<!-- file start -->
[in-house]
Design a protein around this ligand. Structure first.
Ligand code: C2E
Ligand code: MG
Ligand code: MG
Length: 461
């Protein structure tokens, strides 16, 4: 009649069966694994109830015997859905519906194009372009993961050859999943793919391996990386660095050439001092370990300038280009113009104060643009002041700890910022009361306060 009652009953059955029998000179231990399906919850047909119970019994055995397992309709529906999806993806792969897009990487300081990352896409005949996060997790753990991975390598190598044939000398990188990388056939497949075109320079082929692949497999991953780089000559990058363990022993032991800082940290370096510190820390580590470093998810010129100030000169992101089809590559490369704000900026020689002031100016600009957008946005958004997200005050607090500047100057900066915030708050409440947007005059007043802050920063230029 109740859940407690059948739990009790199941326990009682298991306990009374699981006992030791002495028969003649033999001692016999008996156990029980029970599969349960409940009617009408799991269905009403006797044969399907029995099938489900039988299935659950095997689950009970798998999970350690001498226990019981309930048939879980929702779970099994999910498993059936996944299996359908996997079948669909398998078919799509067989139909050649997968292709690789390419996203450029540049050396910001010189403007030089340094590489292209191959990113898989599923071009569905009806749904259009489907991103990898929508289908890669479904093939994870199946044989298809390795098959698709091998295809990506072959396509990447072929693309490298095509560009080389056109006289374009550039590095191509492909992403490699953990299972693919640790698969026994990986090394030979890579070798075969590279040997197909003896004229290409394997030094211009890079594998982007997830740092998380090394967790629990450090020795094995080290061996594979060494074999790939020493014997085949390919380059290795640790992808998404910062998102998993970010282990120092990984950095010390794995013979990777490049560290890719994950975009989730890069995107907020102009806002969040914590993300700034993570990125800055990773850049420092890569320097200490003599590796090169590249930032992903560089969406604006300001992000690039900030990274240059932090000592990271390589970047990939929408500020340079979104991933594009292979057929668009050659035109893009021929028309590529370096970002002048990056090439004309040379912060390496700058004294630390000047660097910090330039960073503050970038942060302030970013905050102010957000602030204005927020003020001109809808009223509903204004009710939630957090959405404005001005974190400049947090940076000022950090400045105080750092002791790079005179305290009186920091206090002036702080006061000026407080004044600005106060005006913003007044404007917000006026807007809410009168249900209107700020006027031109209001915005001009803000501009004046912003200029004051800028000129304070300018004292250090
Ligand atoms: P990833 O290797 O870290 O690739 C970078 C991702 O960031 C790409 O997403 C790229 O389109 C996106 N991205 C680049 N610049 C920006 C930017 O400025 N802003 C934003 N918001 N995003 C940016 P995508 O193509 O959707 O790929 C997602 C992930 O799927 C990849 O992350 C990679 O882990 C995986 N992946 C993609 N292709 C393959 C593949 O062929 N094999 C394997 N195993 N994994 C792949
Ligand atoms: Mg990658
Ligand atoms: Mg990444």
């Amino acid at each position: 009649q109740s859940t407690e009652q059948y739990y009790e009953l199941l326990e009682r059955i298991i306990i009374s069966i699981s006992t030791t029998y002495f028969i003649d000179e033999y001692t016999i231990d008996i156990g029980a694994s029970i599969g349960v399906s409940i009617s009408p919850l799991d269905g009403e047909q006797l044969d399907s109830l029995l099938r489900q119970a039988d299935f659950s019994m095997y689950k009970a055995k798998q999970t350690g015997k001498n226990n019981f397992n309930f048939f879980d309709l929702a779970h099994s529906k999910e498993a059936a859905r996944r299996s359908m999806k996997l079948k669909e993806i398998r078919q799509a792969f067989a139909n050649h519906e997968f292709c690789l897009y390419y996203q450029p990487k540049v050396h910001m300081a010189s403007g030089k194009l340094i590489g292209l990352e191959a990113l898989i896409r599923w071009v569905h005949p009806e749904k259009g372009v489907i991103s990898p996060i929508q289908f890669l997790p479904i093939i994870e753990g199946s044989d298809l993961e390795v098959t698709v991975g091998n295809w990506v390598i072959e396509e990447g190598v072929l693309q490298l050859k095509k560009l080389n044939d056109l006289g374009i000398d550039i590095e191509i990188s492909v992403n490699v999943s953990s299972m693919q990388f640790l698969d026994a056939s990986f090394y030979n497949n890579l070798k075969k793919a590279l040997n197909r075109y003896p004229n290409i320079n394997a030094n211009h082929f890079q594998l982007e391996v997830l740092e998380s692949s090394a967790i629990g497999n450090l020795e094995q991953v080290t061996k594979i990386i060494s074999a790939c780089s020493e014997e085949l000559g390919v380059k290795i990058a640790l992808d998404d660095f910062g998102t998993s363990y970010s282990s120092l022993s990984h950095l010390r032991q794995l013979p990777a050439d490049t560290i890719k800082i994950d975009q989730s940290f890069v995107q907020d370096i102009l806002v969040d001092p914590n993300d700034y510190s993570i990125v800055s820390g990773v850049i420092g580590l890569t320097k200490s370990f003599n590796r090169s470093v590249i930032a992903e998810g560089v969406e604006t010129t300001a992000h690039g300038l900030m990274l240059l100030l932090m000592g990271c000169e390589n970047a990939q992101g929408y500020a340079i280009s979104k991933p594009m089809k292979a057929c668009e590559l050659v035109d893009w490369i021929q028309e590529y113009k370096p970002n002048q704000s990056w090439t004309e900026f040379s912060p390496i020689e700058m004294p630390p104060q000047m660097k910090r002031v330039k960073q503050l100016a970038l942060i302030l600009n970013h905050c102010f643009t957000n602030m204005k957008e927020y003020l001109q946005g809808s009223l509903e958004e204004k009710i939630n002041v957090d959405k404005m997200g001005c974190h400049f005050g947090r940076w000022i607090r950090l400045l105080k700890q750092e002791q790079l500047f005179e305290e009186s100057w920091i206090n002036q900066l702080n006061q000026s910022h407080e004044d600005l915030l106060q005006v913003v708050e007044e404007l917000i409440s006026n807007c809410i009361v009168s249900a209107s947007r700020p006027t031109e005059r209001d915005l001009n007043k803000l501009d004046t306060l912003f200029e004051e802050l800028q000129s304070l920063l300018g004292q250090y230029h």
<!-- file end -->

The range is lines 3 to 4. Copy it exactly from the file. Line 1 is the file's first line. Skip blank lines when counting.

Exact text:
Ligand code: C2E
Ligand code: MG